And, in response to what has been said about the second question, I really completely agree with pretty much everything mentioned. As Taro mentioned, the problem with universal healthcare is that some of us work really hard to earn the money we do, and yet we will end up paying for "bums on the street" (as Taro put it) who might have never worked a day in their lives, or even tried to improve their own conditions. However, even this is too harsh. As we all know, there are plenty of wonderful people out there (aka not bums on the street) who have done nothing wrong and simply cannot afford to pay for healthcare. Widows with multiple children, people who lost their jobs and simply cannot find work, etc. All these people want and need healthcare for themselves and their families, but cannot afford it. Therein lies the problem we have all been talking about. Plus, as Jacob mentioned, yes, there is universal healthcare in other countries, but the level of care in those places cannot remotely compare to the level of care in the US. Now, I know I am quite conservative and therefore quite biased, but my aunt, who works at MD Anderson (one of the top medical institutes in the country), has treated dozens of patients who left countries with universal healthcare to come to the US specifically for treatment. In fact, one woman (about whom my aunt talk on television about six months ago) was told that she was certainly going to die within weeks. She came to MD Anderson from Canada (which has universal healthcare) and my aunt cured her within months. She is still alive today, and this occurred six years ago. Situations like these really complicate the situation. However, I believe that if a truly perfect solution to this problem exists, it would have been presented by now. And, I think until then, our system is the best possible option.

  10. Daniel said...

    1. In my blunt opinion (and i guess you could say experience), the best way for people to learn is by doing. And often times, being thrust into situations that are somewhat out of one's comfort zone and making mistakes is a big part of that doing. It's written in our human genetic code. We have evolved and developed the ability to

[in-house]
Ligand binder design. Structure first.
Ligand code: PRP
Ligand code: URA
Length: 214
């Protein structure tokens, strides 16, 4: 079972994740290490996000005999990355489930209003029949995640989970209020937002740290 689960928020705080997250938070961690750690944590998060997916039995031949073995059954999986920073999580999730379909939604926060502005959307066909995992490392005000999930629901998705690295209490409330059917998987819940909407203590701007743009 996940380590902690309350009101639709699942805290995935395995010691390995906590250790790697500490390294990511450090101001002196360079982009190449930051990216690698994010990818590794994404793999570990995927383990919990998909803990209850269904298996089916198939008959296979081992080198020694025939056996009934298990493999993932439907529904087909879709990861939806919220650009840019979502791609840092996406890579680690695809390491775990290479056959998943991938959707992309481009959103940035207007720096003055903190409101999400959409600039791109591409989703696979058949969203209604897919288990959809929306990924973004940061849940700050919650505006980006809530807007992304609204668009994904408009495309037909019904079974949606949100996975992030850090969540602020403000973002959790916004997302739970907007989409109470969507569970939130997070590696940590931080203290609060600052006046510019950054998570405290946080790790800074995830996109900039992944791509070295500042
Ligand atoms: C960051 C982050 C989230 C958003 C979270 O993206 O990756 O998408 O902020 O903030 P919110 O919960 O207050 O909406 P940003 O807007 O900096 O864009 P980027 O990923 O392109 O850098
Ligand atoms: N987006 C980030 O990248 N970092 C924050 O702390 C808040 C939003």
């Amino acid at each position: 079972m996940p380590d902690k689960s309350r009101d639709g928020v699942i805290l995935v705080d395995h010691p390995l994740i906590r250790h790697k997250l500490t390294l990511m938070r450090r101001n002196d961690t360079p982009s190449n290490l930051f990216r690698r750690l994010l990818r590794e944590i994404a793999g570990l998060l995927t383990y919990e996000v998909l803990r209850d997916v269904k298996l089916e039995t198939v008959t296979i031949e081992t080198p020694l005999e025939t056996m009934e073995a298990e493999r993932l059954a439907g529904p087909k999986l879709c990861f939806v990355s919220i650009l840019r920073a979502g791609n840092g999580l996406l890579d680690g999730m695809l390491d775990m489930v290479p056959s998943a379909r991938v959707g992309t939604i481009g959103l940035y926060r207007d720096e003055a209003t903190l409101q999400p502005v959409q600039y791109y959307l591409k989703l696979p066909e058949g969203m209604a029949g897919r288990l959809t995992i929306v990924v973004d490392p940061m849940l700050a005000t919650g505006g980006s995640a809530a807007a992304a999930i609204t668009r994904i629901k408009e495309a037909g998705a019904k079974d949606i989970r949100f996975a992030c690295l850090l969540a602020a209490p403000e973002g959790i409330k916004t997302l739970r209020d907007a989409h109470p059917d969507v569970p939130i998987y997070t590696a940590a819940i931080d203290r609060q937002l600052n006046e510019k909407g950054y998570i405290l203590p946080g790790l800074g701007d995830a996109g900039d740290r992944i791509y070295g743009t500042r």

observe the certain outcomes of situations and come to rational conclusions based on those outcomes. We have evolved the ability to
    learn from our experiences more quickly than any other species, which is why learning by doing is such a valuable approach for our species.
    Furthermore, in a place like Bellevue, there aren't too many ways to gain experience without allowing one's self to be thrust into situations that are all too real in which one has no safety net. Otherwise, a young surgeon will never learn to do things on his or her own. Consequently, (in my humble opinion) Nolen is by no means
    to blame for taking advantage of this opportunity to gain experience as a surgeon by using his innate ability to "learn by doing" (and I
    cite this quote because it is a fitting phrase that was the mantra of one of my favorite TV surgeons in a similar situation (Turk from Scrubs, pilot episode- check it out yo)).

    2. Being an ultra-left-wing-pinko-commie-elitist-liberal-freedom-hating-Russia-loving advocate of communism, i would suggest a completely socialized heath care program like France or Switzerland (i think i got those countries right). These systems run off of high taxes and widespread government regulations, but allow anyone to get any type of medical service for free. There are a number of benefits to this type of system. First of all, with such a well financed and organized medical system there would be no competition for resources like supplies, time, or even doctors and there would be no need to favor those who can pay or even make donations over those who can't. Similarly, when you have everyone paying the same amount for the same
    services, any distinctions between patients become completely negated for the doctors, forcing them to see all patients in exactly the same way. Such a change to the system would eliminate all the unfairness created by the current system.

  11. The book raises many interesting questions about morality and the purpose of learning. The pursuit of knowledge has always been a core tenet of academia, but Dr. Nolan should not risk his patient's life in order to learn how to do an operation. The Hippocratic oath says "Do no harm", yet Dr. Nolan put his patients life in danger by not asking the attending physician. He placed the patient directly in harm's way. Surgery is not a time to "learn on the job". If I were going into surgery I would expect my surgeon to be qualified and not to make 'educated guesses' but ask a more knowledgeable person if they had any questions. Dr. Nolan sacrificed his patient's rights on the alter of academia.